“It’s the gypsy again!” one of the girls said in a brittle, nasal voice.
The sun beat harshly down on the girl’s back. She used the edge of her shirt to wipe the perspiration from her forehead, but could not shake the trembling from her hands.
She looked down to see that she had crushed the pink flower in her tight grasp. Petals leaked through the spaces between her fingers, spiraling down like perfect ballet dancers, where they landed silently on the earth.
Before the tears could start to rain from her eyes, she took a step forward, letting the flower fall from her clutches. Swallowing the lump in her throat, she fixed her eyes on the pink facade of a summer house perched by the outcropping which marked the end of the beach. She licked her lips; they tasted like salt, and sweet lemonade from the fair.
“This is my beach just as well as yours,” she said, whirling around, finally letting the accent tint her words. The others just stared. The only noise was the sound of the sea waves crashing against the shore.
The sea night felt almost alive. Stars began to poke out of the velvety sky, and she could have sworn she saw a shooting star streak across the blackness for a fraction of a second, leaving a fleeting trail of golden sparks behind.
She continued to walk, letting the wind swirl her hair around her, until they disappeared from view.
Then it was just her, and the beach, peaceful once more. A sunfish leapt above the water in the distance, light reflecting off the many facets that decorated its transparent fins. Lights flickered on inside every house. The sky had turned to a deep indigo-purple, a tapestry of colors sewed together by starry needles.
She walked slowly, letting her hands swing loosely by her sides. The evening chill crept upon her, but she remained on the sand, which still retained warmth from the sun’s brilliant rays. The shimmering blue water reflected the round, pale, silver moon, its light a veil flowing amongst tiny stars. Once more, waves whispered at the shoreline, in and out like steady breathing. As she knelt down to run her hands through the water, the sea spray that flecked her arms might have been a brilliant rain, seeping into her skin and washing away the memories of the day. For a second in time, it was just a girl and the dark, velveteen ocean waters, sky purple and gold, the sweet scent of ocean flowers and distant rain hanging heavy in the air.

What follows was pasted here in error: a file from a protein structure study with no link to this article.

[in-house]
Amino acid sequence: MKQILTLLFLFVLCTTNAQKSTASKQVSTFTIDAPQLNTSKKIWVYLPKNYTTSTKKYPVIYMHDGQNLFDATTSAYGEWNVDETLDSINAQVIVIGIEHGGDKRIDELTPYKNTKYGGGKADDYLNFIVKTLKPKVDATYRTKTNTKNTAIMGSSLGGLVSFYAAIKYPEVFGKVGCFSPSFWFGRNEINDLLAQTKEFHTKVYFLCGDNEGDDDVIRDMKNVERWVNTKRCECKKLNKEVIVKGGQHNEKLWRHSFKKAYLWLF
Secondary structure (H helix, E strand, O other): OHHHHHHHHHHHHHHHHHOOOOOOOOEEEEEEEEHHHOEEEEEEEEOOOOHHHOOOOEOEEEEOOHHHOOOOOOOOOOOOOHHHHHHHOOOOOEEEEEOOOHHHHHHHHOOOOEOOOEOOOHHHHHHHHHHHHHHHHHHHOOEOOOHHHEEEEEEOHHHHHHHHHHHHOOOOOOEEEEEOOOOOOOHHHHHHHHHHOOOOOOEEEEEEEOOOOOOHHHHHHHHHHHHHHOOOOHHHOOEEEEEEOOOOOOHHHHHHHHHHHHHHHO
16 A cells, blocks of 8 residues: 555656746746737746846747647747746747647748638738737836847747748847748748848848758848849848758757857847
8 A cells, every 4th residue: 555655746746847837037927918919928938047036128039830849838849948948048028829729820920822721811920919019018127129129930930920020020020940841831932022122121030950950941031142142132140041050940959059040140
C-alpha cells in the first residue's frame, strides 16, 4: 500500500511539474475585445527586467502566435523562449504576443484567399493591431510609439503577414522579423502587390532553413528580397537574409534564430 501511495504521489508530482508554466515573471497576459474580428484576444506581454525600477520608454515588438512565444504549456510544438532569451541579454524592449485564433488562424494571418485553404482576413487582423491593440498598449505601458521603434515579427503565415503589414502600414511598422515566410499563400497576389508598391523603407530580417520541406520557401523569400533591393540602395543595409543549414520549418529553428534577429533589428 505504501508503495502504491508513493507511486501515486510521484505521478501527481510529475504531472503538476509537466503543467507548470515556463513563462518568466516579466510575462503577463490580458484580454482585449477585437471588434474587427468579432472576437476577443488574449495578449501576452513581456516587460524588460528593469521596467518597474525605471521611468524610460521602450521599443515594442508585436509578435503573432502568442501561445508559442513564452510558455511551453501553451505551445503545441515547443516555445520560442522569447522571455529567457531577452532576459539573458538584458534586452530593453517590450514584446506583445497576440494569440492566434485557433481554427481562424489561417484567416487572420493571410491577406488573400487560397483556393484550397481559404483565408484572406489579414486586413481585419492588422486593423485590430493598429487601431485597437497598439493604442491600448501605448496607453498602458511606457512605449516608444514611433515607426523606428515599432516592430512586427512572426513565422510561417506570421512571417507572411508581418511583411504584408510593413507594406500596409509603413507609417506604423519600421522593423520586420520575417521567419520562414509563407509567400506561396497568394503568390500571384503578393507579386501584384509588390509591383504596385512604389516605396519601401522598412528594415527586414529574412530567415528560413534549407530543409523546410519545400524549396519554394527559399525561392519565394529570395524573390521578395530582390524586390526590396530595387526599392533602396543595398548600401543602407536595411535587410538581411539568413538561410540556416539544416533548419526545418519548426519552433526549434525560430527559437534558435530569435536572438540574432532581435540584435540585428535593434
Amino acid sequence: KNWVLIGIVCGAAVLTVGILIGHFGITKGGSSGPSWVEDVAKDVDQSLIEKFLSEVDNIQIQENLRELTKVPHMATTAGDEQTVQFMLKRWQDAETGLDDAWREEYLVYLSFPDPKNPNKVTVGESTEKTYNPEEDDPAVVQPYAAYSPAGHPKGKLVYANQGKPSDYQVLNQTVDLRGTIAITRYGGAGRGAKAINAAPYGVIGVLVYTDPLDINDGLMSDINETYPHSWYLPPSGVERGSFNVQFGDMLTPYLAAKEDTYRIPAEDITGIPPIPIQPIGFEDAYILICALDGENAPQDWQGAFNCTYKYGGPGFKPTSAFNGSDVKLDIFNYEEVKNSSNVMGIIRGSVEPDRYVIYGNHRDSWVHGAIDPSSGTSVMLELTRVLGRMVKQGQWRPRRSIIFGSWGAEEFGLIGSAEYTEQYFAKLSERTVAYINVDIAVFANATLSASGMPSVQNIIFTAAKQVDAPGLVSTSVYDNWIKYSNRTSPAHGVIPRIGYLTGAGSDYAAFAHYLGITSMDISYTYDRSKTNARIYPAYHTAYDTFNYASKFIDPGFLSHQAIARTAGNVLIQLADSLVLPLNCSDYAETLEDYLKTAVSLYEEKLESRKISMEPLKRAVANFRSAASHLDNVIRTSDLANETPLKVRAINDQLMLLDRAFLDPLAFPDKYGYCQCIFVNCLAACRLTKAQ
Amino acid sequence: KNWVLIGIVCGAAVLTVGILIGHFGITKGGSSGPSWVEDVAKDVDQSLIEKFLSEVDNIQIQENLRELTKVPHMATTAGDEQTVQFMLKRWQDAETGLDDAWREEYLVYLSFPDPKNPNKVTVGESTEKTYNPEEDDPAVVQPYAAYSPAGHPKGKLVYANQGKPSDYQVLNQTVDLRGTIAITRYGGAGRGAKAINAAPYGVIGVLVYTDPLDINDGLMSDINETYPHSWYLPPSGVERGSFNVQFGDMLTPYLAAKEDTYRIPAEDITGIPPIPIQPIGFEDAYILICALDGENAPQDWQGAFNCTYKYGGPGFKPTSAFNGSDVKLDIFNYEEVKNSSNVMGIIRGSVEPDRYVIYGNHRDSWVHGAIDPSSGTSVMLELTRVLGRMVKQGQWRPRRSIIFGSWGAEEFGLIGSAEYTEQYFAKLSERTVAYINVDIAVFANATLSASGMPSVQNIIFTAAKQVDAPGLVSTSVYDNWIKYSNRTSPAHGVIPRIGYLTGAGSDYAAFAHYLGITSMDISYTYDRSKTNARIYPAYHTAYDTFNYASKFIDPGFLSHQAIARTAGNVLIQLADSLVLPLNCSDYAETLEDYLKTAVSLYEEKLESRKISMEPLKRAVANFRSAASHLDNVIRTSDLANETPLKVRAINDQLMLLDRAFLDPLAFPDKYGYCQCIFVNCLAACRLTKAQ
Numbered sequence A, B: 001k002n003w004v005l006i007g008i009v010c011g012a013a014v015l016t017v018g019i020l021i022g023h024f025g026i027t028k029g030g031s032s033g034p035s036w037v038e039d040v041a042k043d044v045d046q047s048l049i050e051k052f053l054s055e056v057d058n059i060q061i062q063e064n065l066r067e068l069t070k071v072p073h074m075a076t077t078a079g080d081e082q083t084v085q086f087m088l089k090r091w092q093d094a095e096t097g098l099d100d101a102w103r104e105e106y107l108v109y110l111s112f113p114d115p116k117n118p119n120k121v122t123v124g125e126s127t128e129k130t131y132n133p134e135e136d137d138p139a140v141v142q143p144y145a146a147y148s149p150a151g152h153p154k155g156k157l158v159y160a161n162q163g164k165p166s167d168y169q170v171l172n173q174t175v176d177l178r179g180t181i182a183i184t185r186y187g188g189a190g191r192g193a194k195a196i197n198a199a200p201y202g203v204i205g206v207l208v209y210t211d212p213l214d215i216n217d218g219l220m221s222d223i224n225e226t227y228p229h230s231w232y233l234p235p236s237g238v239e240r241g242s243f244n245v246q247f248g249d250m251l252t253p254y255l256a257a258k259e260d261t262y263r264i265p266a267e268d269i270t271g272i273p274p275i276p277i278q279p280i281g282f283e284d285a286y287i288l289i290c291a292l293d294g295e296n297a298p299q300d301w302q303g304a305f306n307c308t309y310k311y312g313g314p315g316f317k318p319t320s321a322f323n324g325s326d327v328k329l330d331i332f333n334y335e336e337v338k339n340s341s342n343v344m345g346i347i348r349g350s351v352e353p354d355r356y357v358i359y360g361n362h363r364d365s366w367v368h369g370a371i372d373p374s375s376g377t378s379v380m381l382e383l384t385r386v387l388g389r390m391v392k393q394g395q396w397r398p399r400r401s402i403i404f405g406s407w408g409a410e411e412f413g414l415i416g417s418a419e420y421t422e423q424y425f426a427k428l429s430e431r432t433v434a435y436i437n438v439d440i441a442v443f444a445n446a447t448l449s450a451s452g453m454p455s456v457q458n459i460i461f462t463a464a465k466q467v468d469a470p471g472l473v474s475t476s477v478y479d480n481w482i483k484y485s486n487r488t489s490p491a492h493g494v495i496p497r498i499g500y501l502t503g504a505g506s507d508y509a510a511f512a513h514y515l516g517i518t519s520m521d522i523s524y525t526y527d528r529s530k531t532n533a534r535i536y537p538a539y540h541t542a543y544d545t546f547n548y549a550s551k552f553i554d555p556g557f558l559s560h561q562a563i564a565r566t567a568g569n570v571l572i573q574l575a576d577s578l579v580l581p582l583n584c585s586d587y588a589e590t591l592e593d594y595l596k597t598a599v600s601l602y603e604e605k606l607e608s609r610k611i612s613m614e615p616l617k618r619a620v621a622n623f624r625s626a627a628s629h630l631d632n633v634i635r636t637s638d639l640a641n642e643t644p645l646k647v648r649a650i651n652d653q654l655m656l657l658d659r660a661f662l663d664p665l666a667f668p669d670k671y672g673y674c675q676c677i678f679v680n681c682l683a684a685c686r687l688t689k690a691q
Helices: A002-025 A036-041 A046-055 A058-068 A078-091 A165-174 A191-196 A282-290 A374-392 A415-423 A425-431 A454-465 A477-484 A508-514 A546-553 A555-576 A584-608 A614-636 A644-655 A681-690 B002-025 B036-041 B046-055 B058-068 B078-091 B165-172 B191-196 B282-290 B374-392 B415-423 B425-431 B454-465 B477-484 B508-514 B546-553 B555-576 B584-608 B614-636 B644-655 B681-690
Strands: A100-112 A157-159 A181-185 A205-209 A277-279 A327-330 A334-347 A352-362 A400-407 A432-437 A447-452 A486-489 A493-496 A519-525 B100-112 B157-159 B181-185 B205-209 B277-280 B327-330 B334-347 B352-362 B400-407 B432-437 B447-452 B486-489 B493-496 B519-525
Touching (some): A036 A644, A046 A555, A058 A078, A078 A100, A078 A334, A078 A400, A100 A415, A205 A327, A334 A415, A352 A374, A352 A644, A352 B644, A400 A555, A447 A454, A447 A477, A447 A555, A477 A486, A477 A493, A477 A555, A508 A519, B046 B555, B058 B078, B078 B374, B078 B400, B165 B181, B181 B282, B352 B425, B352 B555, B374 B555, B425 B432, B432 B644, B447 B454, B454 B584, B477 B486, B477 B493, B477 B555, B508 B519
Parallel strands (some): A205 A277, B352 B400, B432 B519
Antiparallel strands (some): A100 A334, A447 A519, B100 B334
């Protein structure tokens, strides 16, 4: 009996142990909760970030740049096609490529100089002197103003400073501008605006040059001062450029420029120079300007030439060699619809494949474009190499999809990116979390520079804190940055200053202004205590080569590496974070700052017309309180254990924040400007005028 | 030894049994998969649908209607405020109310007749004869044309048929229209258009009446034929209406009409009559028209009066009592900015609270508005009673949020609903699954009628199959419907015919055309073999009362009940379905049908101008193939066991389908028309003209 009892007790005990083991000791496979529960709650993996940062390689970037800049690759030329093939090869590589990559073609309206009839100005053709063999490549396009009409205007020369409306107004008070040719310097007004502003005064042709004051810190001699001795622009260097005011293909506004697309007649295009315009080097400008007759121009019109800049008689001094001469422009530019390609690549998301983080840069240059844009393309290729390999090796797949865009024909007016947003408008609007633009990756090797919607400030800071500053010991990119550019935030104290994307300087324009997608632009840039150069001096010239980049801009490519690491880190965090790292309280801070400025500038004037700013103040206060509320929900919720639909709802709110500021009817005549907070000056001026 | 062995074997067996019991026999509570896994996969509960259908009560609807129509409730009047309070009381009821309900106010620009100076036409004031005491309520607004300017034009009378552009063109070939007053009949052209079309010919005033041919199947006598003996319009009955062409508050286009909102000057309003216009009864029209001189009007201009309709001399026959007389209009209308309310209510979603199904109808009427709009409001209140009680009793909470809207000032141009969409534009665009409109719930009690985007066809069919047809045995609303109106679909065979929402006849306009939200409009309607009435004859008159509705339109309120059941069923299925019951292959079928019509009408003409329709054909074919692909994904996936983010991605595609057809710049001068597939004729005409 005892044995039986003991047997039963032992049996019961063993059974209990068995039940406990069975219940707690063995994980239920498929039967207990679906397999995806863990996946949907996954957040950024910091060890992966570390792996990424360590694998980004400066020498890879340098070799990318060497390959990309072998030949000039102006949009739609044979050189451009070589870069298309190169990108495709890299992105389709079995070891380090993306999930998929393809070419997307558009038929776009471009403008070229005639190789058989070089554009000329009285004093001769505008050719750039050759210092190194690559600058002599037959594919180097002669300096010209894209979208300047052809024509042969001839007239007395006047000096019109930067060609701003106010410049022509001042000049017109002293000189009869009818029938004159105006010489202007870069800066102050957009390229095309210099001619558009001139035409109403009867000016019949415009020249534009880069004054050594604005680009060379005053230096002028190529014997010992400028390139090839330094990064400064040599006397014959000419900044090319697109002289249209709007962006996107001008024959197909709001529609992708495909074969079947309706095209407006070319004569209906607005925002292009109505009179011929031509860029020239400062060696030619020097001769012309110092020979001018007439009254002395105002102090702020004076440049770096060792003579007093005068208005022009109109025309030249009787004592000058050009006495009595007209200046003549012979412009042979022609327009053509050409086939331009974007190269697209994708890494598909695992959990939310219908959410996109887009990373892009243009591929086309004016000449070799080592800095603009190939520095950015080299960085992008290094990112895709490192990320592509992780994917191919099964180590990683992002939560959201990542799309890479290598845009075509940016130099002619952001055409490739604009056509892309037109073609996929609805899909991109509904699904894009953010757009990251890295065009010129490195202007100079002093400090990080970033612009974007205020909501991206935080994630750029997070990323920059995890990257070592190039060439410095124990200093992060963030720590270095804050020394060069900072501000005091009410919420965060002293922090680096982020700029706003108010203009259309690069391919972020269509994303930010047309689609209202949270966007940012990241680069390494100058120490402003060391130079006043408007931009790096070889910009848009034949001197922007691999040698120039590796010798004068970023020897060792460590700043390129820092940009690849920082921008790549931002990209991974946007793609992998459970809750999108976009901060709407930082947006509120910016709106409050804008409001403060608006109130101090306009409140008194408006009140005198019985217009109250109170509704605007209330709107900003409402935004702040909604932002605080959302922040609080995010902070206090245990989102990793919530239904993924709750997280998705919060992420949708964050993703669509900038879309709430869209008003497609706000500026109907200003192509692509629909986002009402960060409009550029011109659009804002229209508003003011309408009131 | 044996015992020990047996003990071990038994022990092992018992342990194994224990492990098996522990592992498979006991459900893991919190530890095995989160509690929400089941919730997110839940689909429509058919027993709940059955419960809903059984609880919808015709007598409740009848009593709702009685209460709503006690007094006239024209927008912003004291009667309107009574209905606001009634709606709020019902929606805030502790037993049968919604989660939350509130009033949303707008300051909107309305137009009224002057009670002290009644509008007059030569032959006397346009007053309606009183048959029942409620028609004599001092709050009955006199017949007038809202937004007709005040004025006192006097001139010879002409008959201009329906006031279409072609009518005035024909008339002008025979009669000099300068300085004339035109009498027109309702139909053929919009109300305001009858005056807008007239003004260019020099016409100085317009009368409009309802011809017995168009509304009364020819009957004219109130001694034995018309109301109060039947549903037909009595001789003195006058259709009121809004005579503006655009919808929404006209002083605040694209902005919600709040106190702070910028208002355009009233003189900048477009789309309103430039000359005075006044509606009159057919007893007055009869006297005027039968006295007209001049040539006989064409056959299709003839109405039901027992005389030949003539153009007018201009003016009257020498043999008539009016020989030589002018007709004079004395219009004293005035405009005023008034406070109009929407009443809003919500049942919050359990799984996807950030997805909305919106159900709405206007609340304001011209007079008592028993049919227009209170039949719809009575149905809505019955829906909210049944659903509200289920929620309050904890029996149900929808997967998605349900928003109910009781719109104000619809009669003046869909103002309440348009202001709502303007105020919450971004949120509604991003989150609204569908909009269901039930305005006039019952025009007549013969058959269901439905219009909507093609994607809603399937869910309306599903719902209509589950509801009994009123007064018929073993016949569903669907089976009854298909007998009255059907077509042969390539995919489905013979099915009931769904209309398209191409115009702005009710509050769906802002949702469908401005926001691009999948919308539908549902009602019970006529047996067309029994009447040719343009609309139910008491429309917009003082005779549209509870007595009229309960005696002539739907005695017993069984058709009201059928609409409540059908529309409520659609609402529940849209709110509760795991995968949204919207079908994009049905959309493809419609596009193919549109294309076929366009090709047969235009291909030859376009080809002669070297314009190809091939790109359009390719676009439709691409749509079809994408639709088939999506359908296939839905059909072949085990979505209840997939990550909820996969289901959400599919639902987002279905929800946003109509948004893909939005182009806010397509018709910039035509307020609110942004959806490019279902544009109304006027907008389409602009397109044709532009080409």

She turned away towards the reddening skyline, her eyes staring past the soft, hilly landscape, far away to the towering blue mountains. The moon’s candescence seemed to set the sea on fire, sprinkling radiant gold sparks upon some other distant shore.
Her mother called from the house at the edge of the sea. She appeared on the porch, holding a glass of cool yellow lemonade, dressed in a skirt sewn from patches of beach towel. The wind chased her brown hair all about her shoulders.
The girl turned away, and without a backwards glance strode towards her home. Her fingers smelled of sand and salt, but her eyes reflected the moth-eaten porch light instead of the moon. Soon she disappeared from view.
If she had looked behind her, she might have seen a solitary person, one of the boys from the beach, holding the flower she had dropped earlier that day, beneath the golden sunlight. Pale shafts of moonlight illuminated his slim form. He looked up at the dark sky and sighed, and then, still holding the crushed flower, walked slowly along the shoreline, burying his toes in the spongy sand, letting the sea’s foam wash around his ankles.
But the girl and the boy parted ways, and now only silence lingered at the shore. The sea’s lungs still inhaled and exhaled, rhythmically so, as the moon slowly drew the tide forward, until waves covered the entire beach. Their footprints were washed away; all spoken words disappeared under the shallow, icy waves, tinted a bluish jade, and the sun buried itself deep behind the craggy mountains. The night blossomed like rose vines throughout the land. The sea’s cycle resumed its course.
All was silent on the beach—all except for the quiet rippling of a thin grey fish drifting through the waters, the muted singing of a marooned conch shell, and the sounds of the ocean’s lungs, perpetually breathing in and out.